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Up to 70% of Alberta tourism businesses could close without help, report predicts

The pandemic has decimated the travel industry in Alberta and the weeks and months ahead appear bleak, says a new report from the Tourism Industry of Alberta Association.

Tourism employs more than 72,000 people in the province

The Banff National Park entrance is shown in Banff, Alta., on March 24. According to a new report from the Tourism Industry of Alberta, 70 per cent of tourism businesses in the province could close forever if help does not arrive. (The Canadian Press)

The pandemic has decimated the travel industry in Alberta and the weeks and months ahead appear bleak, says a new report from the Tourism Industry of Alberta Association.

The COVID-19 pandemic has meant that popular travel destinations such as Banff and Jasper have not seen their usual influx of visitors, with international travellers staying away due to border restrictions.

Though both Banff and Jasper have since reopened to day-use domestic visitors, the difficult road ahead is expected to continue without more help from the government and from other organizations, said Alida Visbach, board chair of TIAA.

"There are some projections with the modelling that we've done through this research that as many as 60 to 70 per cent of our small and medium-sized businesses could be closed down if things don't start to change — and we're talking by 2021," Visbach said.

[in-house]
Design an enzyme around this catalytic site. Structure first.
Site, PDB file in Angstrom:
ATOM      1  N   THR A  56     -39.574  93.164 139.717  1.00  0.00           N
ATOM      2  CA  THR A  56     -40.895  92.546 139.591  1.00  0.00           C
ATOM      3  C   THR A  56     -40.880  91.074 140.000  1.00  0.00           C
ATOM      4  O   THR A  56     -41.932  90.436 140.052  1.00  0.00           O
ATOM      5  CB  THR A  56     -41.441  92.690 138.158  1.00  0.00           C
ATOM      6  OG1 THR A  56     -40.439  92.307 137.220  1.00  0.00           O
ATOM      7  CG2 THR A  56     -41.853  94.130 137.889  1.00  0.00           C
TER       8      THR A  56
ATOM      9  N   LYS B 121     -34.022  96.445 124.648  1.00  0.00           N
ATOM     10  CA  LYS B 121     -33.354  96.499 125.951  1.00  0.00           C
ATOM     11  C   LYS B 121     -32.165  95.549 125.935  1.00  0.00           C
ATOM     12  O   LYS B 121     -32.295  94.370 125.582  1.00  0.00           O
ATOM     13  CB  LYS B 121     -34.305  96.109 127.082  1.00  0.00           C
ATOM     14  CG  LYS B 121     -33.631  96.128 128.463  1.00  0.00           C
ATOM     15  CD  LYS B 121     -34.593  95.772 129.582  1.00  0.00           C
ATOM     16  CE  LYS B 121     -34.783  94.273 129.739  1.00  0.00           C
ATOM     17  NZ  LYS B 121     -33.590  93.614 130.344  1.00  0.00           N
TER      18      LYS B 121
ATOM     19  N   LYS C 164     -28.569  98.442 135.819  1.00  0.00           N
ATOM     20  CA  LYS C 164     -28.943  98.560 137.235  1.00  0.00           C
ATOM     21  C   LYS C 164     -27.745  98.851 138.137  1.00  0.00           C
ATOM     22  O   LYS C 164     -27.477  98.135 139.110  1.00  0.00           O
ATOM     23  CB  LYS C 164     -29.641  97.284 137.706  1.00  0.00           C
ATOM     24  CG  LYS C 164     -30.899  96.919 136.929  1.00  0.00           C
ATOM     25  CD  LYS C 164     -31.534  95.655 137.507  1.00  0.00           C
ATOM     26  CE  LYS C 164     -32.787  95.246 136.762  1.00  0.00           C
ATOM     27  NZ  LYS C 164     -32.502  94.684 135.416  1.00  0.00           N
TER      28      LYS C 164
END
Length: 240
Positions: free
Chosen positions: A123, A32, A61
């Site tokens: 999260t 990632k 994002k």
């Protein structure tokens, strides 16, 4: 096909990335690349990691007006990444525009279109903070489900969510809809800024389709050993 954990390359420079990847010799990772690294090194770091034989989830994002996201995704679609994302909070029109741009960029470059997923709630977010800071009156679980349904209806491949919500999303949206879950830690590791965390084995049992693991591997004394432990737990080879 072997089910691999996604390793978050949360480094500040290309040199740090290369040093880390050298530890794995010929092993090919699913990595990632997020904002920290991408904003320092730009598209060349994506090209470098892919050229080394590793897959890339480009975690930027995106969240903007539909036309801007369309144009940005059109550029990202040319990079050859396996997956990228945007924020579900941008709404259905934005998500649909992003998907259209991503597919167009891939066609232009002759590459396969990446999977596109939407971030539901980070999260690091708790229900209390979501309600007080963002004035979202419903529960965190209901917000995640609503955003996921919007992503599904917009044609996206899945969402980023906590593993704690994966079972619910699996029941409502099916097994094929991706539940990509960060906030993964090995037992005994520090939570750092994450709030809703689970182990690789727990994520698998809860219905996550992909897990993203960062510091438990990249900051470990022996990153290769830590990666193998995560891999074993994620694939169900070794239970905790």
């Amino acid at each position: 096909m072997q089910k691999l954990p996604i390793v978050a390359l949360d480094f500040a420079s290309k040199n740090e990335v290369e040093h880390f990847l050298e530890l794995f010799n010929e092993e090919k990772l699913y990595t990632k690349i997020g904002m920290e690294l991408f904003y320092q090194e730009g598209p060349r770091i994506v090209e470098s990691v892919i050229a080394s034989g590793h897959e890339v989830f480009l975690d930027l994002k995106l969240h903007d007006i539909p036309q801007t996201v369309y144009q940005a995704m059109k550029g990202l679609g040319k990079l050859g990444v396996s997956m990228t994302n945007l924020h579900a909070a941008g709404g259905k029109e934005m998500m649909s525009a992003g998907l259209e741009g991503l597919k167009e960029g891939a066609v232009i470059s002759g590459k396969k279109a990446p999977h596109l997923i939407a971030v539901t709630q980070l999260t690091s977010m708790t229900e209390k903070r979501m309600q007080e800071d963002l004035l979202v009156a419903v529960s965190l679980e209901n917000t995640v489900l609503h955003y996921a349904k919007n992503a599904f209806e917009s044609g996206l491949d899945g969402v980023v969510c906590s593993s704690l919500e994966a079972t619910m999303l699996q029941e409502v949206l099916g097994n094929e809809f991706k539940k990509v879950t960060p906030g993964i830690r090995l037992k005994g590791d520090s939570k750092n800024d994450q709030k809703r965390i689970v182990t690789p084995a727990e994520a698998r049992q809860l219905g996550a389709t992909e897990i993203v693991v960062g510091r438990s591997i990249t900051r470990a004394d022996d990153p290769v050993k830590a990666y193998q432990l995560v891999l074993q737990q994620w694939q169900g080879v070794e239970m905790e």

"Some have already closed, because they just can't survive."

The business community in Banff National Park expects revenue somewhere in the range between 30 and 40 per cent compared to last year, according to the town's mayor. More than half of the visitors who visit the national park yearly are from outside Canada.

The mountain town of Jasper, located west of Edmonton, has been similarly decimated by COVID-19. In April, Councillor Jenna McGrath told CBC News that the drop in tourism had been "devastating" for local business.

Calls to action

The new report from the TIAA puts forward 40 calls to action to try to save tourism enterprises in the province, directed towards the province, municipalities, Alberta tourism agencies and Alberta Health.

Visbach said Alberta's tourism industry needs continued financial support, even beyond existing federal stimulus commitments.

"There are so many areas where we have opportunities. We need to look at those opportunities," Visbach said.

"We've talked about diversifying our economy. Now is a serious time to look at our visitor economy and see how important it is — not just to our recovery, but to our future."

According to statistics provided by the TIAA, the tourism industry in Alberta represents more than 23,000 businesses, generating approximately 72,500 full-time equivalent jobs.

With files from Elise von Scheel, Kyle Bakx and Erin Collins

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